People react during a mass for victims in Negombo on Wednesday. Reuters
Sri Lanka's top defence official resigned on Thursday over security failures that led to the deadly Easter bombings, as Catholic churches suspended all services fearing further attacks.
Sri Lanka's government has come under increasing pressure over the revelation it failed to act on intelligence about planned attacks, which claimed nearly 360 lives, and Hemasiri Fernando had been widely expected to step down.
A defence ministry official said Fernando had submitted a letter of resignation to head-of-state Maithripala Sirisena.
"He told the president that he was accepting responsibility and resigning so that the president can make a new appointment," the official said, speaking on condition of anonymity.
Indian intelligence shared several specific warnings about attacks with Sri Lankan authorities, an Indian source told AFP, but the information was not given to ministers, in what the government has called a "major" lapse.
Authorities are now in a desperate hunt for suspects linked to the attacks, and police on Thursday released the names and photos of three men and three women they want to question.
Tensions remain high, with the capital on alert over rumours of fresh bombs, but police said there had been no credible reports of explosive devices.
Sri Lanka's Catholic church nonetheless suspended all public services and closed churches "on the advice of security forces."
Private burials will still be carried out.
Sirisena met political party leaders on Thursday and announced he would revive a military-police body last used during the country's fight against Tamil insurgents to coordinate operations after the bombings.
In the past, the joint operations command was headed by a senior military figure and included members of the military as well as police and intelligence.
Visa-free plan halted
Security forces using state of emergency powers arrested 16 more suspects overnight, bringing the total in custody to 74.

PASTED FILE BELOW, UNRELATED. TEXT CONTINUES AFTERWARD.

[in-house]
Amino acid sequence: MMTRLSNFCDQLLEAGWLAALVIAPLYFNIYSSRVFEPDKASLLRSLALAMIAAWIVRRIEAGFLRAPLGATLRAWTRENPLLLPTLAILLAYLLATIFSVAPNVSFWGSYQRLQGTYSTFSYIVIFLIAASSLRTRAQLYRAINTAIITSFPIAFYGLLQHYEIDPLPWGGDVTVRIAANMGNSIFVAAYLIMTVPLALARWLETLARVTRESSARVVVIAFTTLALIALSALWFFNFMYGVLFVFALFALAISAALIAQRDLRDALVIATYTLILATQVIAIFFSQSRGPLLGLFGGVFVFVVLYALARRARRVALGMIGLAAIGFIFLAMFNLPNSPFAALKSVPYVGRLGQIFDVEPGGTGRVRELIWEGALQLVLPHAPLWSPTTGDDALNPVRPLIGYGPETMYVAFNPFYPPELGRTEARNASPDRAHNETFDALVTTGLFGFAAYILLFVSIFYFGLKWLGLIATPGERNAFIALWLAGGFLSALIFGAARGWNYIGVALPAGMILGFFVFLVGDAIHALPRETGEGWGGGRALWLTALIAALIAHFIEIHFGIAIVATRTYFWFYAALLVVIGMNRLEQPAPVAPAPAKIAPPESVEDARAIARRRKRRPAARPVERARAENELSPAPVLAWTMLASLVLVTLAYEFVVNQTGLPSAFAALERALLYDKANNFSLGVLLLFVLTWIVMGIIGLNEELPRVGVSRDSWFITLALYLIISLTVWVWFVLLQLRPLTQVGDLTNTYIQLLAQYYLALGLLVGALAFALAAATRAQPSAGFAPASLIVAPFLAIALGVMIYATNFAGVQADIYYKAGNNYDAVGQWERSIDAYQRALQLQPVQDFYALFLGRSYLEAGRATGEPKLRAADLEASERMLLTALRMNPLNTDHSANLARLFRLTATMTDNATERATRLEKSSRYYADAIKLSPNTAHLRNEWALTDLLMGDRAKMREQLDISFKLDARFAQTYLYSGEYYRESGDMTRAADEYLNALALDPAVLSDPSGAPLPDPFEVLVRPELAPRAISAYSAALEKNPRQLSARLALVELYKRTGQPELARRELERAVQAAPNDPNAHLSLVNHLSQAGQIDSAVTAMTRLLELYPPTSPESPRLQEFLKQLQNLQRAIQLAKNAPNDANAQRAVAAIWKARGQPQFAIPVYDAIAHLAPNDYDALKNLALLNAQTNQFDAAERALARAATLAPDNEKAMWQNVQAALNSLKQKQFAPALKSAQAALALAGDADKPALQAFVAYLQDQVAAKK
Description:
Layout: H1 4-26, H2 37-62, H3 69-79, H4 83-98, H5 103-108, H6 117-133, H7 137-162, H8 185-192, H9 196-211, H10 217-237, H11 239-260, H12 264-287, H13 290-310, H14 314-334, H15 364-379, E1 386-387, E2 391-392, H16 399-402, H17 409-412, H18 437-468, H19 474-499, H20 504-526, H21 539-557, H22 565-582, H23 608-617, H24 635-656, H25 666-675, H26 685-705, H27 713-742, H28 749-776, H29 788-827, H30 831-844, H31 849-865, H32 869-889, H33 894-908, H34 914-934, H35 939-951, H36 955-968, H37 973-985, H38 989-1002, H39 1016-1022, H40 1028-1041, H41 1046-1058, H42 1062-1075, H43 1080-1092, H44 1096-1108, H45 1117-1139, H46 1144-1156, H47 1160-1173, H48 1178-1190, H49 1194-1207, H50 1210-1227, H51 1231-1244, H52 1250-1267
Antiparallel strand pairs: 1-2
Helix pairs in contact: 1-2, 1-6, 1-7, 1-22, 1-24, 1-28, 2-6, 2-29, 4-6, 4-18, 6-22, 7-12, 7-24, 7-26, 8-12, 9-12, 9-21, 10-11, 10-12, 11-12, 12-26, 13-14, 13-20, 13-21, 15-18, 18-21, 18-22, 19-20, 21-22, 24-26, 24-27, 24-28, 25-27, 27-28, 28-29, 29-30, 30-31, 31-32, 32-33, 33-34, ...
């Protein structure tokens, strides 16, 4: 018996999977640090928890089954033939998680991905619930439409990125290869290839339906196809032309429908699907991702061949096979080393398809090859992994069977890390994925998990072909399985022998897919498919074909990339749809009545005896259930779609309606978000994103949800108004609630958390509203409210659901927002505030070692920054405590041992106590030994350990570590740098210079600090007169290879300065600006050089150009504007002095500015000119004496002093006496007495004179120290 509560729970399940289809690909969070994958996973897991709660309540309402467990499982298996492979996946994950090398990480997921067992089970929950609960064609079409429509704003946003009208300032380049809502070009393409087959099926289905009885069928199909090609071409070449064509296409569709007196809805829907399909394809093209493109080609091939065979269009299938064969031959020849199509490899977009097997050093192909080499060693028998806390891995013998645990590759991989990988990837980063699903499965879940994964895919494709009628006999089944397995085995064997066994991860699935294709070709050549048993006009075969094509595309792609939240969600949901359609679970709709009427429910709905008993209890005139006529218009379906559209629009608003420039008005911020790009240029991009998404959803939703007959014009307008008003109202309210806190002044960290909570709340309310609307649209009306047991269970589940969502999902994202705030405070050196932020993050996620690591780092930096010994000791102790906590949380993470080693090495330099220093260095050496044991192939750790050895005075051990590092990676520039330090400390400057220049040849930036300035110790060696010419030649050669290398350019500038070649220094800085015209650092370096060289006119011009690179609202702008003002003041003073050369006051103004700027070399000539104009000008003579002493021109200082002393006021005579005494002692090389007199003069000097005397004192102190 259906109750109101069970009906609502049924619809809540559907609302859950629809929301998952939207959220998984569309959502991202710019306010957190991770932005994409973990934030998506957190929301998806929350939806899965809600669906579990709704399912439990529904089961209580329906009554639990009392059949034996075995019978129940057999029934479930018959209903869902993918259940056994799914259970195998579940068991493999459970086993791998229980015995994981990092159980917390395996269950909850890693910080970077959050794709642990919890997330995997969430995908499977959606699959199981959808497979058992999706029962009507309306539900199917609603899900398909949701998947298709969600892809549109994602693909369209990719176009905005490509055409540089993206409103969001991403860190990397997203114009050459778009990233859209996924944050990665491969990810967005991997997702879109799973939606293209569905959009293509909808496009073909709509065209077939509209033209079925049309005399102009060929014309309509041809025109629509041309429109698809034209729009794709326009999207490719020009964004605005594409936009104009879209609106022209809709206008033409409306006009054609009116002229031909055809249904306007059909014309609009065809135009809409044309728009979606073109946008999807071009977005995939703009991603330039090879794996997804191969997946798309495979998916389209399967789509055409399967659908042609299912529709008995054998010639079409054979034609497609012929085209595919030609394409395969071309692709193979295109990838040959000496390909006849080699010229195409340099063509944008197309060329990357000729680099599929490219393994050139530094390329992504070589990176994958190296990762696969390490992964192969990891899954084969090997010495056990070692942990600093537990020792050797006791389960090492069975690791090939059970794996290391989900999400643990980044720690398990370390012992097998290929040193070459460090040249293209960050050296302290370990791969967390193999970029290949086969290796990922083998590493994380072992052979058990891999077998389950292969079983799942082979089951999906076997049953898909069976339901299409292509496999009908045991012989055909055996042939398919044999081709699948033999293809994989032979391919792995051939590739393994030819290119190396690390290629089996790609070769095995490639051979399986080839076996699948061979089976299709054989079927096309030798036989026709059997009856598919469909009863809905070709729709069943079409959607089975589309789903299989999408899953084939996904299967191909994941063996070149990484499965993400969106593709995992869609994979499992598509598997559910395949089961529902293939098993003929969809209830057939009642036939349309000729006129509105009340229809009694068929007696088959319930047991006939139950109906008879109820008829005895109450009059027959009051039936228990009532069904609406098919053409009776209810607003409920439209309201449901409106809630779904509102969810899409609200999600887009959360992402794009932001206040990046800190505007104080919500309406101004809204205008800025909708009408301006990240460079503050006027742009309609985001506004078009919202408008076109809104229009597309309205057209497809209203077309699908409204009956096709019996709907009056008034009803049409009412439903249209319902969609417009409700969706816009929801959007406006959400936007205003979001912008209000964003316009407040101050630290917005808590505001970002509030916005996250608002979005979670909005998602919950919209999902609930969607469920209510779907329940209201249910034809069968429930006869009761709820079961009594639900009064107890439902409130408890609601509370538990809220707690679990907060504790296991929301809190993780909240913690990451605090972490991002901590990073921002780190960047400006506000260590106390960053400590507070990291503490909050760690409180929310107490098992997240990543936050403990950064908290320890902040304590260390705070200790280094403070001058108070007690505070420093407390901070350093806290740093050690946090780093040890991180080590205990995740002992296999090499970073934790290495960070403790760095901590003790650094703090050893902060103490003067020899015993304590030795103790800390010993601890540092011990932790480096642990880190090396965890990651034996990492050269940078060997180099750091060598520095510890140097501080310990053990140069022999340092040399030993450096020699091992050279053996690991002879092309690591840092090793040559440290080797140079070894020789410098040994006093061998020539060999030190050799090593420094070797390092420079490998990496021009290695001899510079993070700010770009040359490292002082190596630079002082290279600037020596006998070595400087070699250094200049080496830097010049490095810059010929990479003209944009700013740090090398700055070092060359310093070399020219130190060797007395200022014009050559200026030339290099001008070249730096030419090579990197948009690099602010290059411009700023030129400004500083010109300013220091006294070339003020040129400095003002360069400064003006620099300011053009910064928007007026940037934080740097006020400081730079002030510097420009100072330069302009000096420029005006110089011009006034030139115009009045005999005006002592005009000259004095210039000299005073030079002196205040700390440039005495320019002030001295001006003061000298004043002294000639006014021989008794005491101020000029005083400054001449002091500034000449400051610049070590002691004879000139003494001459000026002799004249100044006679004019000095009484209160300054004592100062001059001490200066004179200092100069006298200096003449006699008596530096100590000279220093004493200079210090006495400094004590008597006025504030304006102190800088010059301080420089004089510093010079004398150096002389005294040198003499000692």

The army, navy and air force poured more than 3,000 additional troops onto the streets to help police.
Authorities have banned drone flights and the government suspended plans to implement visa-free travel for tourists from 39 countries — including European Union nations, Australia and the United States — for six months from May 1.
Sri Lanka's police chief warned on April 11 of possible suicide bombings against churches by local Islamist group National Thowheeth Jama'ath (NTJ), citing information from a foreign intelligence agency.
Flags were lowered to half mast on government buildings, and people bowed their heads and reflected silently on the violence that has caused international outrage.
Sri Lanka deployed thousands of additional troops countrywide overnight to help police hunt for suspects in the Easter Sunday suicide blasts that killed nearly 360 people, a spokesman said on Thursday.
Sri Lanka’s churches remained shut on Sunday forcing Christians to say prayers of grief in private over the Easter suicide attacks that the country’s Roman Catholic leader called “an insult to humanity.” Fearing a repeat of the Easter Sunday bombings of churches and hotels in which 253 people died, the Archbishop of Colombo, Cardinal Malcolm Ranjith, held a private mass after cancelling all public services.
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